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Is There Life After 55 for Radio?

Baby Boomers love radio. Why doesn’t radio love them?

As of 2018, 90.6 million Americans are now over the age of 55 — 28 percent of the population.

Most are Baby Boomers who have been passionate about radio throughout their lives. They are adopting new audio technologies but at a slower rate than younger people. They’re not stuck in the past, but some observers might say radio is.

“It’s like radio is caught in a demographic time warp,” says Jacobs Media President Fred Jacobs. Since the beginning of most of our careers, radio has been obsessed with targeting the 25- to 54-year-old demographic. “It stems from advertiser dictates — OK, preferences — that date back to the ‘80s,” he says. “Interestingly, they haven’t gravitated to an older demographic — 35-64 — as Boomers have aged. And in radio at least, they haven’t shifted younger either.”

Jacobs believes radio has done a poor job overall of educating the ad community about the spending power of Boomers and radio’s ability to reach them.

“Understandably, the RAB [Radio Advertising Bureau] has acted like Switzerland — not pushing any one demographic, ethnic group or gender. But the net-net is that radio is in a 25–54 box as it relates to advertisers. And as the climate has become more arduous for radio sellers, the need to stay tethered to 25–54s has even intensified.”

Longtime Los Angeles radio owner Saul Levine agrees that buyer education is needed.

“Until the radio industry spends some time and money on reducing the difficulty of selling older demos, they will continue to be difficult to sell, and too few radio salespeople will make the effort.”

Levine’s KSUR(AM) “K-Surf 1260” recently celebrated a year as an “oldies” station — playing the ’50s, ’60s and ’70s era pop music that crosstown competitor KRTH abandoned in their quest to deliver 25–54s. KSUR garners a 0.5 audience share [6+ Nielsen Audio, Feb 2018, Mon-Sun 6A-Mid]. Consider this: Despite the music being played in mono on AM, with no live DJs and little-to-no marketing, KSUR ties local heritage talker KABC(AM), a station with huge personnel costs.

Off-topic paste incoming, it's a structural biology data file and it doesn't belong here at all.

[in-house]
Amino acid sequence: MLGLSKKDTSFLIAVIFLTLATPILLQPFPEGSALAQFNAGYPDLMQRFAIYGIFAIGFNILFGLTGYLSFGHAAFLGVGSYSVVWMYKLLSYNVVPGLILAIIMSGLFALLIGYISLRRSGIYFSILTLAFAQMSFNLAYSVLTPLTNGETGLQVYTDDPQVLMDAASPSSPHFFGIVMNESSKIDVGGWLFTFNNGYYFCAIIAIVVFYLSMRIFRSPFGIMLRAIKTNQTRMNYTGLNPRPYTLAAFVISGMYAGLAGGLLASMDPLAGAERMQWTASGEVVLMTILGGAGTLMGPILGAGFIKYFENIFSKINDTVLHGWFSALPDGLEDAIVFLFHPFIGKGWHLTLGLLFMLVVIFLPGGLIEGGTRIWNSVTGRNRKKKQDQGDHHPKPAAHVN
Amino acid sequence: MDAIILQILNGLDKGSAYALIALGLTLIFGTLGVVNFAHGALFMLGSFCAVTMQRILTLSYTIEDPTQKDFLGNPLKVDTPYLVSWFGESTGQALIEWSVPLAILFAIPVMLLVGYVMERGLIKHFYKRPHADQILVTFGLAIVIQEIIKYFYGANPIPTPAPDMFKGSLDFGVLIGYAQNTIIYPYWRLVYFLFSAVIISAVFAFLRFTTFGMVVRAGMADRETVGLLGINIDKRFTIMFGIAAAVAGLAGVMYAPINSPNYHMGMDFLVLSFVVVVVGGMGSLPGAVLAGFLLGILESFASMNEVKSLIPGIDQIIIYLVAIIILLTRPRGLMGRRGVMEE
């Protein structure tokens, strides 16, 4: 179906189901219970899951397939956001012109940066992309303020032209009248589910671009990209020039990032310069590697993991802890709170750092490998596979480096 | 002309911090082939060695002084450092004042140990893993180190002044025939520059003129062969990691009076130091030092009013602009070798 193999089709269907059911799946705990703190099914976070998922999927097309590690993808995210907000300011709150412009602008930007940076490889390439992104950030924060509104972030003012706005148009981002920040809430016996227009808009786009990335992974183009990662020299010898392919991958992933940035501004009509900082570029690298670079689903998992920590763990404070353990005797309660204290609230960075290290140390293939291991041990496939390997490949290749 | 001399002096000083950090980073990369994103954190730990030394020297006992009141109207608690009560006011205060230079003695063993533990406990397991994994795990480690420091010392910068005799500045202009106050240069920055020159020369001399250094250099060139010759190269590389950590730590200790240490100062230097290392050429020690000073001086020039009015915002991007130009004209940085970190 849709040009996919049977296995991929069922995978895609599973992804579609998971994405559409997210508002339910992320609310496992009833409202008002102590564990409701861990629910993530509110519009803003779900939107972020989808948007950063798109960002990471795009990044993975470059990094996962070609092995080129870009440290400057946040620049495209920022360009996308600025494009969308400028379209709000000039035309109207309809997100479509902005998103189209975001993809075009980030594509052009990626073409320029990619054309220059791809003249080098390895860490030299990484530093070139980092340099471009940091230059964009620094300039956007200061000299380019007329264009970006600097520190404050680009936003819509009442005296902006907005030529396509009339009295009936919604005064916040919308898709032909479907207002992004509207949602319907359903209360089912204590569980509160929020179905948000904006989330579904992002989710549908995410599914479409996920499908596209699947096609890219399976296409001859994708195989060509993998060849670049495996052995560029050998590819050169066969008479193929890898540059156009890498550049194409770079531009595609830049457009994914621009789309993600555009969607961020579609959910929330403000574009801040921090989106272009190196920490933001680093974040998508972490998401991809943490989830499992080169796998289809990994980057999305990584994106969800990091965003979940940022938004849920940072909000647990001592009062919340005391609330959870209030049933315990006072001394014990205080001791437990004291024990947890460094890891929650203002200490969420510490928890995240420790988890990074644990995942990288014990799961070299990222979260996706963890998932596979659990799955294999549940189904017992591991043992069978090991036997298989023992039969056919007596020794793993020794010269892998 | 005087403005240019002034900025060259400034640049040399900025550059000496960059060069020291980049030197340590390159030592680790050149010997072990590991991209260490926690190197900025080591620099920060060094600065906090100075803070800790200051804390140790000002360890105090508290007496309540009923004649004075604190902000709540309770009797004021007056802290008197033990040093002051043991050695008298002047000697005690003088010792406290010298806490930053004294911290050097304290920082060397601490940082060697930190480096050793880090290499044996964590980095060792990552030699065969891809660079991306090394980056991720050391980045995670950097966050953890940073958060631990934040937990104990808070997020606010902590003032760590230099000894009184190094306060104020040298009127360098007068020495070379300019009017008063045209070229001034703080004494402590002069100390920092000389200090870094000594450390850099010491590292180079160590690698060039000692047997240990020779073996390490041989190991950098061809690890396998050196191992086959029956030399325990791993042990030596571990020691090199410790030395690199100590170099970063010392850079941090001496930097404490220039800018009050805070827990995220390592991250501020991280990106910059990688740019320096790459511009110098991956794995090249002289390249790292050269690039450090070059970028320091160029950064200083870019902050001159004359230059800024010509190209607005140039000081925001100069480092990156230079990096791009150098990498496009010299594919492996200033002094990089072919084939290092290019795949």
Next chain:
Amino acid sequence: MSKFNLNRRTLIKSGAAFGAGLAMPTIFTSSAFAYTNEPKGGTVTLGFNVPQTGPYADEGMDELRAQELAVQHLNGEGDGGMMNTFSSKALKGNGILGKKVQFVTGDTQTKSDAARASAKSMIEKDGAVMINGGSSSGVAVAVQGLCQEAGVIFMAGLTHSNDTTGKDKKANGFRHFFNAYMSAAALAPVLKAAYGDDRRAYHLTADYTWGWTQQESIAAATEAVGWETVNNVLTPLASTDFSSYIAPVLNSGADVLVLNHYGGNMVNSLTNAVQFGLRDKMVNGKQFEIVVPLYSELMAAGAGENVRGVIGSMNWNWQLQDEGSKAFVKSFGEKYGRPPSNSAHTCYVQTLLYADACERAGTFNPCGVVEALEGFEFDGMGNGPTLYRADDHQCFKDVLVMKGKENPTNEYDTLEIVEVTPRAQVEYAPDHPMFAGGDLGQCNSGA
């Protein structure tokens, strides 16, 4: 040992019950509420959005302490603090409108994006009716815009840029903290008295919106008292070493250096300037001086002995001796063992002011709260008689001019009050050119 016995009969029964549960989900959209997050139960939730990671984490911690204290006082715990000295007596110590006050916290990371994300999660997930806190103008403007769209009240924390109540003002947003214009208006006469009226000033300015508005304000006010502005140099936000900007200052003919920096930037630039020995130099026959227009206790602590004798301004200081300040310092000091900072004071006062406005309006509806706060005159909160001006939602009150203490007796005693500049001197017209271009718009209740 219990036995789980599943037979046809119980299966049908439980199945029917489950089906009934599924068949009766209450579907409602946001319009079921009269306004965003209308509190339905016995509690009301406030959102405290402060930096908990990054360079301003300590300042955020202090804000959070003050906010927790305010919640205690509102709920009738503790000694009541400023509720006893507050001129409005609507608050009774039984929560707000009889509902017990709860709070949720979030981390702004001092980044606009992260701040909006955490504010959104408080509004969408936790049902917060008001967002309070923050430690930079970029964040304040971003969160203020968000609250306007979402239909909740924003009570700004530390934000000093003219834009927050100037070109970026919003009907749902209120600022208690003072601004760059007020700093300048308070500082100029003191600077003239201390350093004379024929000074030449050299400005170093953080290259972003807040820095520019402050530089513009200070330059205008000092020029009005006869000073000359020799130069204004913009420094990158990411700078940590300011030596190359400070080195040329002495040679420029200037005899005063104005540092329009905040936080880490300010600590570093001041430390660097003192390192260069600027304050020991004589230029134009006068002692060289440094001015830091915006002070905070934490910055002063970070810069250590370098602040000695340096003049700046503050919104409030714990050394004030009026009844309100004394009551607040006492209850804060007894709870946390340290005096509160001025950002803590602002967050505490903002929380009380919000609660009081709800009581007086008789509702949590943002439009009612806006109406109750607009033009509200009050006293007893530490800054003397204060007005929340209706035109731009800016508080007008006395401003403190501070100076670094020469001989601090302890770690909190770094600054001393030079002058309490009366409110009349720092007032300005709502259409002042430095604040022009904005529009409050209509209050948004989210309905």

In Chicago, another station playing an oldies-based blend, WRME “MeTVFM” jumped from 26th to sixth in February with an audience share of 3.6 (6+ Mon-Sun 6A-Mid, Nielsen Audio) using what’s legally classified as a low power TV Channel 6 signal at 87.7. That’s so far to the left end of the FM dial that it literally isn’t even available on some car radios. That didn’t keep the station from reaching an estimated 765,000 weekly listeners and being #2 in middays.

When Weigel Broadcasting decided to launch a radio spin-off of their popular nostalgia-driven MeTV television network, Program Director Rick O’Dell says they made a choice: “They’d rather rank near the top of the 35-64 demographic than be near the bottom among 25–54s.”

As a former boss of Rick’s used to say, “You gotta own a hill.” Rick credits Cheryl Esken, MeTVFM’s director of strategic sales and marketing, with designing creative campaigns for advertisers that target older listeners.

“We’re trying to get the message out there that listeners over 55 have the largest chunk of discretionary income,” says O’Dell. “Boomers buy big ticket items like second homes, luxury cars, and high-end vacations.”

Then again, ’60s and ’70s songs can be popular among younger listeners, too. O’Dell points to the soundtrack of last year’s big Disney superhero movie, “Guardians of the Galaxy 2,” and says, “It could have been subtitled, ‘Boomers’ Greatest Hits.’”

Among Persons 25-54 in Chicago, MeTVFM is now posting a respectable 0.2 rating, a benchmark that qualifies the station for more agency business.

Likewise, classic rock — the radio format that Jacobs pioneered — still attracts a big share of 25–54 listeners, even though its original listeners are older. The music is timeless.

“A century from now,” Jacobs predicts, “people will appreciate and listen to the Beatles, the Stones, Floyd, Queen and Zeppelin. People discover music in a myriad of ways that have only fragmented with the popularity of the Internet. So everyone has their personal ‘new music’ and their own playlists.”

Meanwhile, network TV has been disrupted by hundreds of new providers, even more so than radio has been as a music source. So reboots like “Will & Grace” and “Roseanne” are considered major hits among all demos, especially when compared to the “long tail” of niche TV programming.

Looks like there may be more reboots in radio’s future, too.

After 9 1/2 years of fun as the architect of LA’s “100.3 The Sound,” Dave Beasing has launched Sound That Brands, specializing in branded podcasts for major advertisers. Reach him on Twitter @DaveBeasing.